Some mornings, he would fall into the building and make his way to a desk hoping nobody smelt his breath. This was the same Denzel Washington who later won an Oscar for his stirring performance in the Civil War epic Glory. The same actor who so convincingly played South African civil rights leader Steve Biko in Cry Freedom.
But before he found his calling he was on the slippery path to nowhereland. Before the post office job, he had collected trash and worked for the sanitary department in Mt Vernon, New York. The preacher's son had reached the end of the line. It was either get up and get out or go the way of the bad guys on the block. "I was inches away from alcoholism and I knew it.
"I was a lost soul. While others were getting on with their lives I was doing everything in my power to shorten mine. But something, or somebody, made me want to drag myself back from the brink."
Washington almost flunked out of his course at Fordham University. "But the dean was a kind, thoughtful man. He told me to take a period off to get my mind right. I went to summer school where somebody convinced me to climb on to a stage and do a little routine for the kids. This guy who'd been a friend to me said, `Man ... you're a natural.'
"I didn't need much convincing. The answer was right there before my very eyes. What I had been searching for."
When Washington returned to university he switched to a drama course. His dream was born. But he grins as he says: "The second play I did was a musical and you know what? I found out I couldn't sing at all."
Now in his forties, the acclaimed actor is the father of four children and has been happily married for 15 years. Tall and lean, he is also very laid back. "There is no secret," he says softly, when you wonder how he does it - the marriage, the career.
"The reason I keep control is because I am not the reason the sun comes up in the morning. I am just glad it comes up.
"Of course, I thought I was special when I was a teenager. But I am happy knowing I didn't have to step on toes or stab people in the back in order to get on. I'm also not on a big ego trip. That in itself is the biggest load off my shoulders.
"You can be decent and win. I try to tell my kids, `Look at me ... give it a try.' I am going through this thing with my eldest boy right now because he just wants to hear rap music.
"So I say, `OK, this is what we will do. You can hear this stuff but we have to hear it together. Then let's talk about it. `He's almost 14 and he says I am way behind. Other parents let their kids be cool.
"I said the same thing to my mother when I was 15 and she said I had to be home by 9pm. I thought her goal in life was to destroy me. I was this square; I couldn't be hip. I'd go around thinking, `What is wrong with her?'"
After a pause and a sip of water he adds: "You know what? Two of my friends are dead. One of them was shot and murdered. The other died from Aids which was related to drugs abuse.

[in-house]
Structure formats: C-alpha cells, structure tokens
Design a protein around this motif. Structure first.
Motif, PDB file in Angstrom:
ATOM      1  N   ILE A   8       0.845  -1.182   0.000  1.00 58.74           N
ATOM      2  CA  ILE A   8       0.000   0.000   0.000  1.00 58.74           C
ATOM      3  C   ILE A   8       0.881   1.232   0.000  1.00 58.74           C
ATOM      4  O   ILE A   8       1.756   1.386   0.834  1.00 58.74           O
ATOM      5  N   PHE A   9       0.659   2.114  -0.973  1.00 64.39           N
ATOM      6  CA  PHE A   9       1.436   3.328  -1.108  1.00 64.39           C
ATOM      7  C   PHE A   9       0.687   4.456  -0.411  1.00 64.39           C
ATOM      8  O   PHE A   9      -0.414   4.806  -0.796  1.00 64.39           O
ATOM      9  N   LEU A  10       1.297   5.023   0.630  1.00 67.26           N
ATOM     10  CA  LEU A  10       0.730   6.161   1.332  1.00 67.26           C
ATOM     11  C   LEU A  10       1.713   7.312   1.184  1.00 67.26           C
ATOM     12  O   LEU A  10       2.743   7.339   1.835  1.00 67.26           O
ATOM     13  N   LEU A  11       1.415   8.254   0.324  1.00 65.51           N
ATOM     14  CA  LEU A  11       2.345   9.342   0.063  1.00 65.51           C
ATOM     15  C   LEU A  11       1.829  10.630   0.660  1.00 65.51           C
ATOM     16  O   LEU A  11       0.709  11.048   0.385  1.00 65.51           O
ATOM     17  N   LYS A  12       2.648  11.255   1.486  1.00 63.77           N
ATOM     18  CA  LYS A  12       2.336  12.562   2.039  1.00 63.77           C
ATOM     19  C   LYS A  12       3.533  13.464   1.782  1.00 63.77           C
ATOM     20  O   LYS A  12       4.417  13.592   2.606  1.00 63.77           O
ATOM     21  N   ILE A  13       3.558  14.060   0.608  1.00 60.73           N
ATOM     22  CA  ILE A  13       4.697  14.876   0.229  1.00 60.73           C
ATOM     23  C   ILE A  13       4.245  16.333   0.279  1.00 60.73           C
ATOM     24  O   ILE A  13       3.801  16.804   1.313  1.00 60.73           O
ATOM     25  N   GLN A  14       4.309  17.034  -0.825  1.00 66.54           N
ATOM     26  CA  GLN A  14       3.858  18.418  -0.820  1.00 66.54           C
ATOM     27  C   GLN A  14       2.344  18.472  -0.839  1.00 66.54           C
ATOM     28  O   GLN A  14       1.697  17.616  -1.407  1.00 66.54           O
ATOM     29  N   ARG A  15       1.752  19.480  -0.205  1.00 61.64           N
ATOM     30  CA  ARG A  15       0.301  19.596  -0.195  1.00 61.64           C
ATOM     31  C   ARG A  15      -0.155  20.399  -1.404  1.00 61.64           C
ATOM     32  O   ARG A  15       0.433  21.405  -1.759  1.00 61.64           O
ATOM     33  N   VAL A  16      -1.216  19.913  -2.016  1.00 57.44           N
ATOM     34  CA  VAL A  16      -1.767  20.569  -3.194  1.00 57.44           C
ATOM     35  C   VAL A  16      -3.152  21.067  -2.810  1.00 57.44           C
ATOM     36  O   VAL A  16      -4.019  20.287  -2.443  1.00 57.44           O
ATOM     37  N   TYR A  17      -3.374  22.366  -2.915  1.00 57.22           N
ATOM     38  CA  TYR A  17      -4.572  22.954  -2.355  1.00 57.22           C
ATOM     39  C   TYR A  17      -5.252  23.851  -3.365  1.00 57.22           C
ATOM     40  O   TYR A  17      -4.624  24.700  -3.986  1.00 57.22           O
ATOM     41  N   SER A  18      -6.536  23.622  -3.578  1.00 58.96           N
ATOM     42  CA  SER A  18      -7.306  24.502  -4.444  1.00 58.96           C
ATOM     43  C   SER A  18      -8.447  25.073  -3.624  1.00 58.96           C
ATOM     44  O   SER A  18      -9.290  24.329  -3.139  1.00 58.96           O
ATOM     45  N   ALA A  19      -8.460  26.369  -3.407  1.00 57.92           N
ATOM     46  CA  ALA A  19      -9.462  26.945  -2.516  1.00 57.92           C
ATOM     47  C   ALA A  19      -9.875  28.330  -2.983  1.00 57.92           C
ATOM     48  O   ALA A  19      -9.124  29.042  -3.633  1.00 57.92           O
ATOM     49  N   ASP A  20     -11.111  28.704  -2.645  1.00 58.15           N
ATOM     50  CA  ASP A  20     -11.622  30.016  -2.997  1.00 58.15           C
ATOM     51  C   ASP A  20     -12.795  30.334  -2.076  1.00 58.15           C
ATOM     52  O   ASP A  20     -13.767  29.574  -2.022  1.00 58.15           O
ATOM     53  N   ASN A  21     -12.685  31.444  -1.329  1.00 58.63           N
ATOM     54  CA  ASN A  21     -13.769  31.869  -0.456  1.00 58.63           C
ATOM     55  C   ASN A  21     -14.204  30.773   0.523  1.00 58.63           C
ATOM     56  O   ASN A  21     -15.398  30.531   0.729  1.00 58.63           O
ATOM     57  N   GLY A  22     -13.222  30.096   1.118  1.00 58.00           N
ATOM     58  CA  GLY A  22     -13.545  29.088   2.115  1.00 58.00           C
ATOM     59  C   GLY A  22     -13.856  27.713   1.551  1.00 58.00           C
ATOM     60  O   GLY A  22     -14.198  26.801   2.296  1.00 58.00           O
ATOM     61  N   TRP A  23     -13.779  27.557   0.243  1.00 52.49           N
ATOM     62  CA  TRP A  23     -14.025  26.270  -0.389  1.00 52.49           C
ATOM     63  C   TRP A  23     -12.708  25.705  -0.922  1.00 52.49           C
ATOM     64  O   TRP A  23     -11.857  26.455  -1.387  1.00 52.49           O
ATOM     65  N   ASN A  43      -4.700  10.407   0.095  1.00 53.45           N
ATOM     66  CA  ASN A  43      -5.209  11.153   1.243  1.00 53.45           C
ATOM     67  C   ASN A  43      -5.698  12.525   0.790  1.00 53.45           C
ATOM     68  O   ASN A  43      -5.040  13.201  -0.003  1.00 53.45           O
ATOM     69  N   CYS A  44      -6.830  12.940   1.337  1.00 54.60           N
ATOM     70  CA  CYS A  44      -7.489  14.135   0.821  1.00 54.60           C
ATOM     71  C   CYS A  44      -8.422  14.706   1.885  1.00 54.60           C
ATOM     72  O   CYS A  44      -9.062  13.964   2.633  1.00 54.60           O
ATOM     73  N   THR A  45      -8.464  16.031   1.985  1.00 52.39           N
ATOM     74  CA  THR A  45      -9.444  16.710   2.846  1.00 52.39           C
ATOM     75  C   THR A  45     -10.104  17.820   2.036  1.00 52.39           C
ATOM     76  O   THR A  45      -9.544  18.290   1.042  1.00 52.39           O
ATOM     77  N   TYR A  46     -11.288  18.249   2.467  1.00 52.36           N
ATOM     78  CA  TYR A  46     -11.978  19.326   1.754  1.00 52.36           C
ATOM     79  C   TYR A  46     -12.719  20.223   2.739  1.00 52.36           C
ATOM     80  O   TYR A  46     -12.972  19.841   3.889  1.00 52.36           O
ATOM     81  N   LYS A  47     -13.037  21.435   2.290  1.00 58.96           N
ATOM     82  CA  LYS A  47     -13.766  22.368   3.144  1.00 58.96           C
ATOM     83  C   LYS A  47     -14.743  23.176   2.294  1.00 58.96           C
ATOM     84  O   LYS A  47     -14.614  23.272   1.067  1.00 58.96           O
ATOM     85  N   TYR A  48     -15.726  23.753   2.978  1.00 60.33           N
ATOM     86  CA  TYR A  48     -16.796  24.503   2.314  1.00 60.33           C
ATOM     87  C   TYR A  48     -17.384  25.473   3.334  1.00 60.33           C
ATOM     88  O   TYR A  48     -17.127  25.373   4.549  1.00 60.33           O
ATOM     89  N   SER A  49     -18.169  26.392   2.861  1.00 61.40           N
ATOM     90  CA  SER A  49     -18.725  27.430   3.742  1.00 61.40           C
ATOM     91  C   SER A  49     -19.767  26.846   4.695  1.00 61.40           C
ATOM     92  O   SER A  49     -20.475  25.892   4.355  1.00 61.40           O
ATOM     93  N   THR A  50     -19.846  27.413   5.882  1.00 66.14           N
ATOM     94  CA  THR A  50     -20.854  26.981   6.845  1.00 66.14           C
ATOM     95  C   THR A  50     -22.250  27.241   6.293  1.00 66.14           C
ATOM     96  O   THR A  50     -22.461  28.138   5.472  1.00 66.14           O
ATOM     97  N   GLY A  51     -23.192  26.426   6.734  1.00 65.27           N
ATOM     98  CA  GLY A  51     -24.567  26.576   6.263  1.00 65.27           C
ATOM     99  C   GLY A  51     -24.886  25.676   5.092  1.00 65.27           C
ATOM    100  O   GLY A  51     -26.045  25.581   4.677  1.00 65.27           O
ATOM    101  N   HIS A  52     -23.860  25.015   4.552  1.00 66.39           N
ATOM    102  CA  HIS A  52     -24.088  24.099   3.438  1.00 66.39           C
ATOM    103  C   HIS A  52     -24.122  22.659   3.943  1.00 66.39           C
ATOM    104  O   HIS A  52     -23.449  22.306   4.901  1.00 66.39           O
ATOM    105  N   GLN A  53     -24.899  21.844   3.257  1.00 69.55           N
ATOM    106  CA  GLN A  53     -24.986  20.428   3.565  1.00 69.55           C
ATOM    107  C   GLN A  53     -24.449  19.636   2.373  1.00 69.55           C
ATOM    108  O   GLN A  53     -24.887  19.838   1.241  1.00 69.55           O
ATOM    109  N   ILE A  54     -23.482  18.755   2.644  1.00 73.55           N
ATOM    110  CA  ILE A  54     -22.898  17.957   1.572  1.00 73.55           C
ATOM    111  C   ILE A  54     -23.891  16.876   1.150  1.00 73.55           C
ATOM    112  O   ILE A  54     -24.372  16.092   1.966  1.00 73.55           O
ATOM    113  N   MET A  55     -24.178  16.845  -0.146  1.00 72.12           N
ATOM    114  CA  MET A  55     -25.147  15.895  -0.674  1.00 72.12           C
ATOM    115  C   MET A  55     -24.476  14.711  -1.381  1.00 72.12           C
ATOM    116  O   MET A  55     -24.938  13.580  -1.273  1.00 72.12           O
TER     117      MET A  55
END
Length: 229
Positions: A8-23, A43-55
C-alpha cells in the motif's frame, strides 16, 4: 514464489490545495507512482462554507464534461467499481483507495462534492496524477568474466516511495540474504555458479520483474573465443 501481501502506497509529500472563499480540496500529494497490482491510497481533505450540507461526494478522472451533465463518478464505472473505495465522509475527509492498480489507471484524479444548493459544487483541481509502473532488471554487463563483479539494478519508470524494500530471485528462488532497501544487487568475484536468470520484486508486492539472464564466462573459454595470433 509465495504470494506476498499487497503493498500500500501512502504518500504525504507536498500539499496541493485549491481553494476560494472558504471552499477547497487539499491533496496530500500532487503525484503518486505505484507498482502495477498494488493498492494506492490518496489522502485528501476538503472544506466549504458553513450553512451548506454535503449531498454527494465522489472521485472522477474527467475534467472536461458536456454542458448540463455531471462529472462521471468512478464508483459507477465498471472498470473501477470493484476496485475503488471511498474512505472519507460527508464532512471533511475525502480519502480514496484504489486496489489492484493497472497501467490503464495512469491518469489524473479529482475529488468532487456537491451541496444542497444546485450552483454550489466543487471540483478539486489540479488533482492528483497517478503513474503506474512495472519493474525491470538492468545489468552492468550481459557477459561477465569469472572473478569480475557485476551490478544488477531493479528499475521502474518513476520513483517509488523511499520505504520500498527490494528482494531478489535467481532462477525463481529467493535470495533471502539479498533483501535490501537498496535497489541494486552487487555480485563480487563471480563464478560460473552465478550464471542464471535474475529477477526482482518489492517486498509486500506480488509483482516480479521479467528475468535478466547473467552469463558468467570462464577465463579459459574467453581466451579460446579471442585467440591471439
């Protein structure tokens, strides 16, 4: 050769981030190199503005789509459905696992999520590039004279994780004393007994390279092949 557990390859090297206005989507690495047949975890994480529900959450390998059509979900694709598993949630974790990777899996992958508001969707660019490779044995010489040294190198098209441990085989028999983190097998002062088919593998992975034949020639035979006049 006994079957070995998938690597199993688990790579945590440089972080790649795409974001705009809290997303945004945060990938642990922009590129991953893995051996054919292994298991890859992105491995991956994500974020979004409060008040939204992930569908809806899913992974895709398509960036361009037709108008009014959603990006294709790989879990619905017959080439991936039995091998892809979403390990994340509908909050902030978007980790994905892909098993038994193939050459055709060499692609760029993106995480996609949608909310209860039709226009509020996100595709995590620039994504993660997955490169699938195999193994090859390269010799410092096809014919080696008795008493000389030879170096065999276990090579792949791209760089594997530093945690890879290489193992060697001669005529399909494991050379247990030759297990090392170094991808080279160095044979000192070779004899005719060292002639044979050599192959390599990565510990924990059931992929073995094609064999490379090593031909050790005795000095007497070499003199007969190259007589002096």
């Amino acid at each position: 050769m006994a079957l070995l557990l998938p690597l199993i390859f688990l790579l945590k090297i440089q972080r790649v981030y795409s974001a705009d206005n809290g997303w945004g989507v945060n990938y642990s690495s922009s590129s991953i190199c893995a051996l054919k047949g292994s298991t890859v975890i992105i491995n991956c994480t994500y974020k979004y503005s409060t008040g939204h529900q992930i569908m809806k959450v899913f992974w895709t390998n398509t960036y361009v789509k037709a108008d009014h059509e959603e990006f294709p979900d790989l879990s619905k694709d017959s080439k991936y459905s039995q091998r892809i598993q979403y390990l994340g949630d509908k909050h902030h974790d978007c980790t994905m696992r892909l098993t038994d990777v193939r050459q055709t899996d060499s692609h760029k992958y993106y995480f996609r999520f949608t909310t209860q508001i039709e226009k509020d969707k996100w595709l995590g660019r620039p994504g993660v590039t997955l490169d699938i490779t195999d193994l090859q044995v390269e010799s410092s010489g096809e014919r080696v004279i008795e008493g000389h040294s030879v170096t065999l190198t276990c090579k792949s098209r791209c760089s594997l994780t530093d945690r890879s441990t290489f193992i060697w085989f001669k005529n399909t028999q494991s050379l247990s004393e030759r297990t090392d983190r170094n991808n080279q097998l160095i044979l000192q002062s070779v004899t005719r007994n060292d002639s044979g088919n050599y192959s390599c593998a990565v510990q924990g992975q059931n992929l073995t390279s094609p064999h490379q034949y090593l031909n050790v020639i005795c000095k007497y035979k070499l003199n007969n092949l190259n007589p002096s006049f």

"I have another friend from my earlier years who is doing life and another is doing 15 to 25. All of those guys thought they were hipper than me.
"I now understand what she was doing for me then. So I tell my kids, `You may not understand but this will pay off for you in 20 years.' "
Washington's father was a Pentecostal preacher. His mother, Ellie, was born in Georgia and raised in Harlem. They divorced when Denzel was 14, and he was emotionally wrecked by the break-up. "I thought, `How can this be?' So at about 14 or 15 I started fighting. That had a bad effect, but I came around.
"It is a long journey. We are all human. I waver. I want to do the right thing but I'm no saint."
Washington first rose to fame on the small screen, as Dr Philip Chandler in the hospital series St Elsewhere. He has been at the top for well over a decade now, and commands a minimum pounds 10m a movie. He is probably better known for his "serious issue" parts and his roles in several Spike Lee films.
The subject of Washington's latest film, Fallen, is not one that everyone will take seriously, but Washington certainly does.
He plays John Hobbes, a policeman who has a devil of a time getting to grips with some very weird goings-on. At each of a series of motiveless brutal slayings, onlookers are seen touching each other strangely on the shoulder and whistling the Rolling Stones song "Time Is on My Side". Hobbes discovers no one can be trusted, even his police colleagues, and the case becomes a struggle to the death against the forces of evil.
A religious conception of evil is a subject that is close to Washington's heart. "I believe in God and I am a positive person. It's no coincidence that films like this are being made more and more and there is talk about God, evil and the devil. People are looking around and seeing what hasn't worked. They see floods, earthquakes and disasters and they question.
"I have never come across real evil," he says. "I was bullied when I was a kid, but I believe in good; I think good is power over evil. When you buy into evil you give it fuel and evil is fuelled by fear. If there is a devil that is how the devil operates. Not by touching you or making you sing Rolling Stones songs.
"I am at a place now where I look at the world and the abilities I have been blessed with and I can't afford to sit around and not talk about what I believe," he says earnestly. "I look at this film as an opportunity to do that, as a springboard. People need to hear it, not from me maybe, but they need to hear it. The metaphor for this film is, `What are you doing for others?'
"But I don't see me as a role role. Did I ring Sidney Poitier up when I was 12 for a chat if things weren't working out? I don't think so. Nobody is winning or losing. Are they?"
`Fallen' opens todayReuse content